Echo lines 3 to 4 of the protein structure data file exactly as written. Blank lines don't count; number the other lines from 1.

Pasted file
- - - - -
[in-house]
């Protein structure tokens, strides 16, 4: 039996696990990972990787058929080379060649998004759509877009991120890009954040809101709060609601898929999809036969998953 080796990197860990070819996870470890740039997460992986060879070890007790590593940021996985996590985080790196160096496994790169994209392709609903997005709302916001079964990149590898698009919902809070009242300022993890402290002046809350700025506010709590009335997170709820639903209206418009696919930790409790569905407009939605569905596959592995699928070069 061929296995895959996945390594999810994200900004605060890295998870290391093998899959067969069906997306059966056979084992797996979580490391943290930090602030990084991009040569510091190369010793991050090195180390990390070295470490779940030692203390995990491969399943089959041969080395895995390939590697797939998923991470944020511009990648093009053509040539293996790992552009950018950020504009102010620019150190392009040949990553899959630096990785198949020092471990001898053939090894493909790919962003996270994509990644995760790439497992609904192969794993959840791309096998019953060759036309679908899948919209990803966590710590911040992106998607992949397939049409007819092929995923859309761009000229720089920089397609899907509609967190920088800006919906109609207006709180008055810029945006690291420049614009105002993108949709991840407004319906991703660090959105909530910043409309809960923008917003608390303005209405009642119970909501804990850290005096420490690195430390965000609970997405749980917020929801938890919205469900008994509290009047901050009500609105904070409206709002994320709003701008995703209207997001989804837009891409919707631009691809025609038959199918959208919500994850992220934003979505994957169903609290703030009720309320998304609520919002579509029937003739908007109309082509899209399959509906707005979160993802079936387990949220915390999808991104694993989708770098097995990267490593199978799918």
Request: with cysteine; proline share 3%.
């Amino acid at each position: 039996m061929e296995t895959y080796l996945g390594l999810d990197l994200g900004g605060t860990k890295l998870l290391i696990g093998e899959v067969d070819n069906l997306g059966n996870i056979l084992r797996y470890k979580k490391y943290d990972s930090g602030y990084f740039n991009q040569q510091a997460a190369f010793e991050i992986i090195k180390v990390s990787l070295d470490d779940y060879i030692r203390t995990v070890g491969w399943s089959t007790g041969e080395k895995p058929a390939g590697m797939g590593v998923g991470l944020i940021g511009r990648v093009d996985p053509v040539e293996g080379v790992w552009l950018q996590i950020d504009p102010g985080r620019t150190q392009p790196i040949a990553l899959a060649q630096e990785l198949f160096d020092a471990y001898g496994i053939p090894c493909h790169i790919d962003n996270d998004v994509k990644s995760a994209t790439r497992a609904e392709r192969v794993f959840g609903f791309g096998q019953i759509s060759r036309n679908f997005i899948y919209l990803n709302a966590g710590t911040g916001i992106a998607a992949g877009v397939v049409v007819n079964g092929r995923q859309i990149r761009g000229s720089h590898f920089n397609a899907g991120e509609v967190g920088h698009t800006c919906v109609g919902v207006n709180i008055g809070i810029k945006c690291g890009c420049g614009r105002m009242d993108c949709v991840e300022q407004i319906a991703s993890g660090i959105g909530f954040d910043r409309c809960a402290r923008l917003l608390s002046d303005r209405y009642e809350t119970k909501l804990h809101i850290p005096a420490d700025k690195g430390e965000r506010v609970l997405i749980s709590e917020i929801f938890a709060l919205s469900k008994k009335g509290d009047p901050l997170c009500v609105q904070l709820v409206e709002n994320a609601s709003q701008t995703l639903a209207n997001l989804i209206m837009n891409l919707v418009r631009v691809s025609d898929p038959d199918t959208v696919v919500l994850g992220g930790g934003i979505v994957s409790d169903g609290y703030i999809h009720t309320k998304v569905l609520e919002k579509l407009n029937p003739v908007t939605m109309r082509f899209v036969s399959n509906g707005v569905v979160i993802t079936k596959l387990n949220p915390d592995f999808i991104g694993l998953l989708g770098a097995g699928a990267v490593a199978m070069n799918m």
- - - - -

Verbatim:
Request: with cysteine; proline share 3%.
């Amino acid at each position: 039996m061929e296995t895959y080796l996945g390594l999810d990197l994200g900004g605060t860990k890295l998870l290391i696990g093998e899959v067969d070819n069906l997306g059966n996870i056979l084992r797996y470890k979580k490391y943290d990972s930090g602030y990084f740039n991009q040569q510091a997460a190369f010793e991050i992986i090195k180390v990390s990787l070295d470490d779940y060879i030692r203390t995990v070890g491969w399943s089959t007790g041969e080395k895995p058929a390939g590697m797939g590593v998923g991470l944020i940021g511009r990648v093009d996985p053509v040539e293996g080379v790992w552009l950018q996590i950020d504009p102010g985080r620019t150190q392009p790196i040949a990553l899959a060649q630096e990785l198949f160096d020092a471990y001898g496994i053939p090894c493909h790169i790919d962003n996270d998004v994509k990644s995760a994209t790439r497992a609904e392709r192969v794993f959840g609903f791309g096998q019953i759509s060759r036309n679908f997005i899948y919209l990803n709302a966590g710590t911040g916001i992106a998607a992949g877009v397939v049409v007819n079964g092929r995923q859309i990149r761009g000229s720089h590898f920089n397609a899907g991120e509609v967190g920088h698009t800006c919906v109609g919902v207006n709180i008055g809070i810029k945006c690291g890009c420049g614009r105002m009242d993108c949709v991840e300022q407004i319906a991703s993890g660090i959105g909530f954040d910043r409309c809960a402290r923008l917003l608390s002046d303005r209405y009642e809350t119970k909501l804990h809101i850290p005096a420490d700025k690195g430390e965000r506010v609970l997405i749980s709590e917020i929801f938890a709060l919205s469900k008994k009335g509290d009047p901050l997170c009500v609105q904070l709820v409206e709002n994320a609601s709003q701008t995703l639903a209207n997001l989804i209206m837009n891409l919707v418009r631009v691809s025609d898929p038959d199918t959208v696919v919500l994850g992220g930790g934003i979505v994957s409790d169903g609290y703030i999809h009720t309320k998304v569905l609520e919002k579509l407009n029937p003739v908007t939605m109309r082509f899209v036969s399959n509906g707005v569905v979160i993802t079936k596959l387990n949220p915390d592995f999808i991104g694993l998953l989708g770098a097995g699928a990267v490593a199978m070069n799918m």